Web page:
“To be able to win on the LPGA Tour once is really cool. To come back next year and defend your title is really special I think and pretty unique. It doesn't happen very often with these courses,” said Henderson. “I felt like I had a great game plan and I felt very confident; whereas this tournament we have moved around the courses ever single year, so that is a little bit different feeling coming into this week. But I think you still carry over a lot of positive energy and momentum from last year.”
A LOT ON THE MIND FOR INKSTER
35 years ago, World Golf Hall of Fame Member Juli Inkster hoisted her third career LPGA trophy at the 1984 du Maurier Classic, then a major championship on the LPGA. She would go on to win 31 LPGA titles and seven major championships, and this week is making her fifth start of the 2019 season at the now-dubbed CP Women’s Open in Aurora, Ontario.
“I hear it's a great golf course; in really good shape; fairways are plush,” Inkster said of Magna Golf Club. “Kind of right out in front of you. What you see is what you get. Not really tricked up. So I'm looking forward to getting out there.”
While Inkster is trying to make her first cut of the 2019 season, the U.S. Solheim Cup Captain has other things on her mind this week as this is the last qualifying event for players to make Team USA.
“It's going to be hard,” Inkster said of making her two captain’s picks. “This year is really hard. It's almost like I wish I had zero picks. Two is going to be tough. I got a young team, a lot of rookies, but they got a lot of fire in their belly, and that's what I like to see. They're very excited to go over there and play. I got my core group that have been on the team, so it's going to be hard.
“Sunday is going to be really hard. I've been not sleeping great just because I'm trying to figure out what's best for the team. Really there is so much up for grabs on Sunday. I really have to just wait and see how it plays out before I can think about who I'm going to pick.”
The 10 automatic qualifiers for Team USA are set to be announced Sunday following the CP Women’s Open, with Inkster revealing her captain’s picks on Monday. The 2019 Solheim Cup will take place at the PGA Centenary Course at The Gleneagles Hotel in Perthshire, Scotland, from Sept. 13-15, 2019. The U.S. heads to Scotland leading Europe 10-5 all-time in Solheim Cup competition, with Inkster at the helm for the U.S. an unprecedented-third time.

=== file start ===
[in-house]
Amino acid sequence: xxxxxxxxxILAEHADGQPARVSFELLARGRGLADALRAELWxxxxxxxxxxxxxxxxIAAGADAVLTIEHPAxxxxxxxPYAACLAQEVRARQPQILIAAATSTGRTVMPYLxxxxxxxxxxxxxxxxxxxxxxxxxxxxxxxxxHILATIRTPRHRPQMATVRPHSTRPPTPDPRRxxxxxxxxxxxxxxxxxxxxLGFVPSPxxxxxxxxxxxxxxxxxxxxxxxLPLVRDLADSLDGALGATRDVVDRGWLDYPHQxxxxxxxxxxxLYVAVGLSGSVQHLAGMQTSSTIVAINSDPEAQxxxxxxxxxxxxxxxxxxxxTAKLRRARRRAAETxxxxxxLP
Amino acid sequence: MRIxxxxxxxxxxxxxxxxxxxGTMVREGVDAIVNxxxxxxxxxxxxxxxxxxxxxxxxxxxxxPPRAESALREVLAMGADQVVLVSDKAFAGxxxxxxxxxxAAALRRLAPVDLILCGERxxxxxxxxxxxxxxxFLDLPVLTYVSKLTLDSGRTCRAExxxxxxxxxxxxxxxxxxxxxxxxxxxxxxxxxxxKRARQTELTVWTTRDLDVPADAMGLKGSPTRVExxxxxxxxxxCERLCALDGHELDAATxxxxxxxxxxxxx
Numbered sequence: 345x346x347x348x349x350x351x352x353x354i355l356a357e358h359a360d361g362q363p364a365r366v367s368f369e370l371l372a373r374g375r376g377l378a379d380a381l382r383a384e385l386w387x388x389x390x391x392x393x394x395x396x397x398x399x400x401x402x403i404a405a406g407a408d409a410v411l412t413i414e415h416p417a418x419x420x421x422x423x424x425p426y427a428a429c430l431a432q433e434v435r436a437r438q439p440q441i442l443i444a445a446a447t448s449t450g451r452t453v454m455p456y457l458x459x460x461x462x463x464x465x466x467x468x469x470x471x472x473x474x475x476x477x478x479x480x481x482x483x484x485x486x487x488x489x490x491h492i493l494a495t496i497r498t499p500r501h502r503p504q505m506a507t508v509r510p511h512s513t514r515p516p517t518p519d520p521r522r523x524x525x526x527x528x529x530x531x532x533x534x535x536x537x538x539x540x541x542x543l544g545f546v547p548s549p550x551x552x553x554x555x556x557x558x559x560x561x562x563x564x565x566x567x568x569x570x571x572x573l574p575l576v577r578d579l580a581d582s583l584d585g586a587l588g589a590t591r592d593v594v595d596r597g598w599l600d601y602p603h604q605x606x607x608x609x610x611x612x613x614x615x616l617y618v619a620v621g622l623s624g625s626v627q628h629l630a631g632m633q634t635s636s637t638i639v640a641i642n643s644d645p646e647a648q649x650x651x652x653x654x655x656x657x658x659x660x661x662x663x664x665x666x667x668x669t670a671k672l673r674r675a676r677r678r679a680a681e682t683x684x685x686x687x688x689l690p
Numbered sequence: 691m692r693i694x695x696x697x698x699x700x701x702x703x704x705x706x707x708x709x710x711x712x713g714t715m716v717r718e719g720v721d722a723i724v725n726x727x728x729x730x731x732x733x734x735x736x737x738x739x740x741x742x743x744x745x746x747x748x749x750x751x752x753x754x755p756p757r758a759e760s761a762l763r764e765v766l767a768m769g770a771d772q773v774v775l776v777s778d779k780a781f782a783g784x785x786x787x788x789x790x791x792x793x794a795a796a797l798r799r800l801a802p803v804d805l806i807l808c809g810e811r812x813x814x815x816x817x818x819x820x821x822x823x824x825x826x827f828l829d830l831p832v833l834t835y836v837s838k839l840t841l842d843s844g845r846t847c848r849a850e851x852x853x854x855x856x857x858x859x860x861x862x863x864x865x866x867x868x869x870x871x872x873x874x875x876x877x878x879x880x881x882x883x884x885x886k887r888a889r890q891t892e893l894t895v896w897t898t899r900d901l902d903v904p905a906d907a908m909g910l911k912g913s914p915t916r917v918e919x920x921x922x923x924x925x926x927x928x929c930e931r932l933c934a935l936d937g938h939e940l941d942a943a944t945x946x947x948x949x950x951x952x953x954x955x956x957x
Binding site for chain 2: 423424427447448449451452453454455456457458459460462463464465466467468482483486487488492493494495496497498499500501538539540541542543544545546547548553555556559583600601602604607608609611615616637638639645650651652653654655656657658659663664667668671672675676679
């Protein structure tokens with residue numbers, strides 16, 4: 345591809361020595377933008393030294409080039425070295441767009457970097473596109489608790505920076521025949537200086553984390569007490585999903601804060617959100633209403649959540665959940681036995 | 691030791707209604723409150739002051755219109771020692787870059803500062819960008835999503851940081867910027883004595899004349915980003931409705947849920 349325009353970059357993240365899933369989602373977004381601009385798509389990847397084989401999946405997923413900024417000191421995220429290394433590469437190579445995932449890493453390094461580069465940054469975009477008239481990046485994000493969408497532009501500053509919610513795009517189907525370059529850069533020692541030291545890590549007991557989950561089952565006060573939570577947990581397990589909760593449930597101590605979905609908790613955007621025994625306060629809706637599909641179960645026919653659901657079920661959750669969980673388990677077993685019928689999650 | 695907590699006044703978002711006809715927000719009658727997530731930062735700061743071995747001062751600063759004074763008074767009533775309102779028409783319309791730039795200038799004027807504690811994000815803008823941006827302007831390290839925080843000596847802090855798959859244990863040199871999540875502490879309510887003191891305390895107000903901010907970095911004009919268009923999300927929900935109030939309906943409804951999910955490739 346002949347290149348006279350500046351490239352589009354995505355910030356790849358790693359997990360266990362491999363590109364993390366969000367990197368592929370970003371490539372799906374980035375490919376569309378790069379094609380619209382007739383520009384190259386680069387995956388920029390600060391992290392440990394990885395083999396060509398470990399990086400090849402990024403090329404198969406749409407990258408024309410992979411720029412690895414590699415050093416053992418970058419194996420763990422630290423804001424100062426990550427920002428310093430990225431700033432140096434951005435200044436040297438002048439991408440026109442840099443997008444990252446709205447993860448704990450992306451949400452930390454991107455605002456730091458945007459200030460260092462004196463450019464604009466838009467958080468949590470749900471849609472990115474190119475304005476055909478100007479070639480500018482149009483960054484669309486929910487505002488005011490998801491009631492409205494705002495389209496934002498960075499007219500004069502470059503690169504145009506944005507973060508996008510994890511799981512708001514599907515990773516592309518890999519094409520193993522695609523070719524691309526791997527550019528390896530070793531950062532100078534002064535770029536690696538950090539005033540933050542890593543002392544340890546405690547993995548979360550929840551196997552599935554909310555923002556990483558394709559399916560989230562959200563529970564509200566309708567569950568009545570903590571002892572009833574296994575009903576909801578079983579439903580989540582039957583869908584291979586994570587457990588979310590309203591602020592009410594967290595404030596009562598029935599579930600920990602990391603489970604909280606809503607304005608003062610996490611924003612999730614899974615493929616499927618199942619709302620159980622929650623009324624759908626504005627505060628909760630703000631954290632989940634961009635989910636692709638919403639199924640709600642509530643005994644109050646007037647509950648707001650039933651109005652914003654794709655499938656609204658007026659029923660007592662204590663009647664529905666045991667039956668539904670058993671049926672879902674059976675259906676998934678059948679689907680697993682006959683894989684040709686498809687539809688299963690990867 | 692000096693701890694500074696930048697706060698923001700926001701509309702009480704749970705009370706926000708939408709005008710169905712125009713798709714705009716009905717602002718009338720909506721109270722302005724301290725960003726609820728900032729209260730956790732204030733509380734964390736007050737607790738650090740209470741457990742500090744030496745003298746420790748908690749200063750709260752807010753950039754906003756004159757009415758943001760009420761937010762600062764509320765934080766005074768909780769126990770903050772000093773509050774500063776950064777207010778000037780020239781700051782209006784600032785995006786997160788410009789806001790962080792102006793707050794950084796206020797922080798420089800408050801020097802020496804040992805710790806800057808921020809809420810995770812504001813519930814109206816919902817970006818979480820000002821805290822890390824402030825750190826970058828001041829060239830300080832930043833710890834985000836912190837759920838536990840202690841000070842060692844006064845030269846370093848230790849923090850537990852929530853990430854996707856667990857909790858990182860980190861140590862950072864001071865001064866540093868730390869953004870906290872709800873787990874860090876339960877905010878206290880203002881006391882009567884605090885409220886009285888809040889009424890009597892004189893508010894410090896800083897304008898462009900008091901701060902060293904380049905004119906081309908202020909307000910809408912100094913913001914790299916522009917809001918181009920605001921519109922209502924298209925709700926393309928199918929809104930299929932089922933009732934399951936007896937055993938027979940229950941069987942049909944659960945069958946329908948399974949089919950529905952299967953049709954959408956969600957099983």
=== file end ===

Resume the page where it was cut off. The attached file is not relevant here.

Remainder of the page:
For Inkster’s new Captain’s Blog, visit www.lpga.com/news/2019-juli-inkster-captains-blog-captains-picks-on-line
USA SOLHEIM CUP TEAM SCENARIOS
Five players can play their way into the top eight of the Team USA Solheim Cup points standings with a strong finish at the CP Women’s Open.
- Brittany Altomare, who currently sits eighth with 257.5 points, has the most chances with many combinations.
- Ally McDonald, ninth with 250 points, needs a 17th or better finish to have a chance.
- Cristie Kerr must win and have Altomare finish fifth or worse. If Kerr wins and Altomare finishes fourth, the tiebreaker would be the Rolex Rankings.
- Angel Yin needs to win, have McDonald finish fifth or worse and have Altomare finish 10th or worse. If Yin wins and Altomare finishes ninth, the tiebreaker would be Rolex Rankings.
- Stacy Lewis needs to win, have McDonald finish 13th or worse and have Altomare finish 18th or worse. If Lewis wins and Altomare finishes 17th, the tiebreaker would be Rolex Rankings.
MAJOR MENTALITY IS KEY FOR SALAS
Lizette Salas is making her first start at this week’s CP Women’s Open since she took home a runner-up finish at the AIG Women’s British Open three weeks ago. While Salas fell short of hoisting the trophy in England, she said she learned a lot from the sixth runner-up finish of her LPGA career.